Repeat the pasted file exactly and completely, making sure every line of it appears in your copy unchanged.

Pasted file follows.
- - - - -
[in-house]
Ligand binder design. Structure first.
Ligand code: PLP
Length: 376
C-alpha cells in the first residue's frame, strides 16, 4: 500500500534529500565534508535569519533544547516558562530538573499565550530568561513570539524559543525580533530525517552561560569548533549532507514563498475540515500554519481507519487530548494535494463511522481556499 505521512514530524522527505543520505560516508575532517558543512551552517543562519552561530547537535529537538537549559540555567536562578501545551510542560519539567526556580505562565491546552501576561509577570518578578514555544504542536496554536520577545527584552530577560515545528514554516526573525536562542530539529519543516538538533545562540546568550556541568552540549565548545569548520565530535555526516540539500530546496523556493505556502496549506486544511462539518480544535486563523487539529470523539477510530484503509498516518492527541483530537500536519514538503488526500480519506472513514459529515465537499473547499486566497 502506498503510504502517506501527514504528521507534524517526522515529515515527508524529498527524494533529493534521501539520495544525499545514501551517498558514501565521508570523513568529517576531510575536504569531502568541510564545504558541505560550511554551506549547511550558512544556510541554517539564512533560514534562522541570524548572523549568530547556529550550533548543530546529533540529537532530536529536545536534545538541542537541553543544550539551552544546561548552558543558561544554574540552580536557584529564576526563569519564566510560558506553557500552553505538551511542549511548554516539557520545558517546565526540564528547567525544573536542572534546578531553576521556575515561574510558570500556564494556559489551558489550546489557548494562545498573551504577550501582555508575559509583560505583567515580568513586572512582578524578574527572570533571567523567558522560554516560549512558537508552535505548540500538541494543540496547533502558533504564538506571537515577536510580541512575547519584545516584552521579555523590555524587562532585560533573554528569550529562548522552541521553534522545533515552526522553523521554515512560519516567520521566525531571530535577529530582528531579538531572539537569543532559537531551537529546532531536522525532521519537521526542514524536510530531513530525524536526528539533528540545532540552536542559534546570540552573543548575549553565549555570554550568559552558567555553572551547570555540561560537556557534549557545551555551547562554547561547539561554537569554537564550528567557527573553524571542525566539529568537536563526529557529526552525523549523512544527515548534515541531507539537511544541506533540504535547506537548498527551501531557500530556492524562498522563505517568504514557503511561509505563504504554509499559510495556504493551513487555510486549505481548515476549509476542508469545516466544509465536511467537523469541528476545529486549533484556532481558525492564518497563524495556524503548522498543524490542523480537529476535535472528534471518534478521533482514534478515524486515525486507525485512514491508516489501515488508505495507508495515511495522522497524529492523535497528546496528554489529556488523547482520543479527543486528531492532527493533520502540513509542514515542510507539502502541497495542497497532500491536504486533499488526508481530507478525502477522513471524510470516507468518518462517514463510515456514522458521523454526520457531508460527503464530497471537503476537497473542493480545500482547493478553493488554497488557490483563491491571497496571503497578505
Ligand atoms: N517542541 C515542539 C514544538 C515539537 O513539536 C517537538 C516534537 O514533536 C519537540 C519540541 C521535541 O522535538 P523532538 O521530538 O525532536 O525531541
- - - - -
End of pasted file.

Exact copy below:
[in-house]
Ligand binder design. Structure first.
Ligand code: PLP
Length: 376
C-alpha cells in the first residue's frame, strides 16, 4: 500500500534529500565534508535569519533544547516558562530538573499565550530568561513570539524559543525580533530525517552561560569548533549532507514563498475540515500554519481507519487530548494535494463511522481556499 505521512514530524522527505543520505560516508575532517558543512551552517543562519552561530547537535529537538537549559540555567536562578501545551510542560519539567526556580505562565491546552501576561509577570518578578514555544504542536496554536520577545527584552530577560515545528514554516526573525536562542530539529519543516538538533545562540546568550556541568552540549565548545569548520565530535555526516540539500530546496523556493505556502496549506486544511462539518480544535486563523487539529470523539477510530484503509498516518492527541483530537500536519514538503488526500480519506472513514459529515465537499473547499486566497 502506498503510504502517506501527514504528521507534524517526522515529515515527508524529498527524494533529493534521501539520495544525499545514501551517498558514501565521508570523513568529517576531510575536504569531502568541510564545504558541505560550511554551506549547511550558512544556510541554517539564512533560514534562522541570524548572523549568530547556529550550533548543530546529533540529537532530536529536545536534545538541542537541553543544550539551552544546561548552558543558561544554574540552580536557584529564576526563569519564566510560558506553557500552553505538551511542549511548554516539557520545558517546565526540564528547567525544573536542572534546578531553576521556575515561574510558570500556564494556559489551558489550546489557548494562545498573551504577550501582555508575559509583560505583567515580568513586572512582578524578574527572570533571567523567558522560554516560549512558537508552535505548540500538541494543540496547533502558533504564538506571537515577536510580541512575547519584545516584552521579555523590555524587562532585560533573554528569550529562548522552541521553534522545533515552526522553523521554515512560519516567520521566525531571530535577529530582528531579538531572539537569543532559537531551537529546532531536522525532521519537521526542514524536510530531513530525524536526528539533528540545532540552536542559534546570540552573543548575549553565549555570554550568559552558567555553572551547570555540561560537556557534549557545551555551547562554547561547539561554537569554537564550528567557527573553524571542525566539529568537536563526529557529526552525523549523512544527515548534515541531507539537511544541506533540504535547506537548498527551501531557500530556492524562498522563505517568504514557503511561509505563504504554509499559510495556504493551513487555510486549505481548515476549509476542508469545516466544509465536511467537523469541528476545529486549533484556532481558525492564518497563524495556524503548522498543524490542523480537529476535535472528534471518534478521533482514534478515524486515525486507525485512514491508516489501515488508505495507508495515511495522522497524529492523535497528546496528554489529556488523547482520543479527543486528531492532527493533520502540513509542514515542510507539502502541497495542497497532500491536504486533499488526508481530507478525502477522513471524510470516507468518518462517514463510515456514522458521523454526520457531508460527503464530497471537503476537497473542493480545500482547493478553493488554497488557490483563491491571497496571503497578505
Ligand atoms: N517542541 C515542539 C514544538 C515539537 O513539536 C517537538 C516534537 O514533536 C519537540 C519540541 C521535541 O522535538 P523532538 O521530538 O525532536 O525531541